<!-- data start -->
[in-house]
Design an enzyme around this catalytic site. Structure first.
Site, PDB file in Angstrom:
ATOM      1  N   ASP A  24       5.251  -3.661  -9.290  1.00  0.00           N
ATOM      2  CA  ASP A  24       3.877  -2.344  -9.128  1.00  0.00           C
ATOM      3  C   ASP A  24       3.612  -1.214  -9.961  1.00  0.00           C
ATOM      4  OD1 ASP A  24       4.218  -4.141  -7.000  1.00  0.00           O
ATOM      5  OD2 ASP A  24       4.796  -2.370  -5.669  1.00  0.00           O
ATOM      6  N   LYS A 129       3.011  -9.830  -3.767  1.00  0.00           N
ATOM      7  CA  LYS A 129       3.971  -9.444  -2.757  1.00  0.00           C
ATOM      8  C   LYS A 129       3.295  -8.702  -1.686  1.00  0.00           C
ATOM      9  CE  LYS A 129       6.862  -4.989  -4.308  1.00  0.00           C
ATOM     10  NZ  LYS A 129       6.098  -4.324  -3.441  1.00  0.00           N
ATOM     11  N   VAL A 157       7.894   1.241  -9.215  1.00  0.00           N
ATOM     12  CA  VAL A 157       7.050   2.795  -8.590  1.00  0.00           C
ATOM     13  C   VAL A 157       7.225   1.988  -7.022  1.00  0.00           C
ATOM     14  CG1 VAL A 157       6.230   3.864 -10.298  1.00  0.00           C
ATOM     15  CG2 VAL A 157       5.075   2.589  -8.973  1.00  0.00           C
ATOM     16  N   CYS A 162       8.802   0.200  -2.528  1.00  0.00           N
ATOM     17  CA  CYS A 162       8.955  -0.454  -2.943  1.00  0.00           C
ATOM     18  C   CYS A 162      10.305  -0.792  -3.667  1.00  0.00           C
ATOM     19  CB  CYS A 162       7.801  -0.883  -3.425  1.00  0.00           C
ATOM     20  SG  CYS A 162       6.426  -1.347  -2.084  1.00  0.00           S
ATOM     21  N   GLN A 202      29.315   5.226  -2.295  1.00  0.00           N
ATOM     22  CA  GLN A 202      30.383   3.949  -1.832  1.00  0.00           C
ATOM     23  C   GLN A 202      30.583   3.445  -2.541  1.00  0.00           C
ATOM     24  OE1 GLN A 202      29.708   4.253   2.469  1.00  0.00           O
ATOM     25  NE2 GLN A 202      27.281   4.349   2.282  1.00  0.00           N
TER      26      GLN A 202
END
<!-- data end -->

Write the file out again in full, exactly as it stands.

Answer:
[in-house]
Design an enzyme around this catalytic site. Structure first.
Site, PDB file in Angstrom:
ATOM      1  N   ASP A  24       5.251  -3.661  -9.290  1.00  0.00           N
ATOM      2  CA  ASP A  24       3.877  -2.344  -9.128  1.00  0.00           C
ATOM      3  C   ASP A  24       3.612  -1.214  -9.961  1.00  0.00           C
ATOM      4  OD1 ASP A  24       4.218  -4.141  -7.000  1.00  0.00           O
ATOM      5  OD2 ASP A  24       4.796  -2.370  -5.669  1.00  0.00           O
ATOM      6  N   LYS A 129       3.011  -9.830  -3.767  1.00  0.00           N
ATOM      7  CA  LYS A 129       3.971  -9.444  -2.757  1.00  0.00           C
ATOM      8  C   LYS A 129       3.295  -8.702  -1.686  1.00  0.00           C
ATOM      9  CE  LYS A 129       6.862  -4.989  -4.308  1.00  0.00           C
ATOM     10  NZ  LYS A 129       6.098  -4.324  -3.441  1.00  0.00           N
ATOM     11  N   VAL A 157       7.894   1.241  -9.215  1.00  0.00           N
ATOM     12  CA  VAL A 157       7.050   2.795  -8.590  1.00  0.00           C
ATOM     13  C   VAL A 157       7.225   1.988  -7.022  1.00  0.00           C
ATOM     14  CG1 VAL A 157       6.230   3.864 -10.298  1.00  0.00           C
ATOM     15  CG2 VAL A 157       5.075   2.589  -8.973  1.00  0.00           C
ATOM     16  N   CYS A 162       8.802   0.200  -2.528  1.00  0.00           N
ATOM     17  CA  CYS A 162       8.955  -0.454  -2.943  1.00  0.00           C
ATOM     18  C   CYS A 162      10.305  -0.792  -3.667  1.00  0.00           C
ATOM     19  CB  CYS A 162       7.801  -0.883  -3.425  1.00  0.00           C
ATOM     20  SG  CYS A 162       6.426  -1.347  -2.084  1.00  0.00           S
ATOM     21  N   GLN A 202      29.315   5.226  -2.295  1.00  0.00           N
ATOM     22  CA  GLN A 202      30.383   3.949  -1.832  1.00  0.00           C
ATOM     23  C   GLN A 202      30.583   3.445  -2.541  1.00  0.00           C
ATOM     24  OE1 GLN A 202      29.708   4.253   2.469  1.00  0.00           O
ATOM     25  NE2 GLN A 202      27.281   4.349   2.282  1.00  0.00           N
TER      26      GLN A 202
END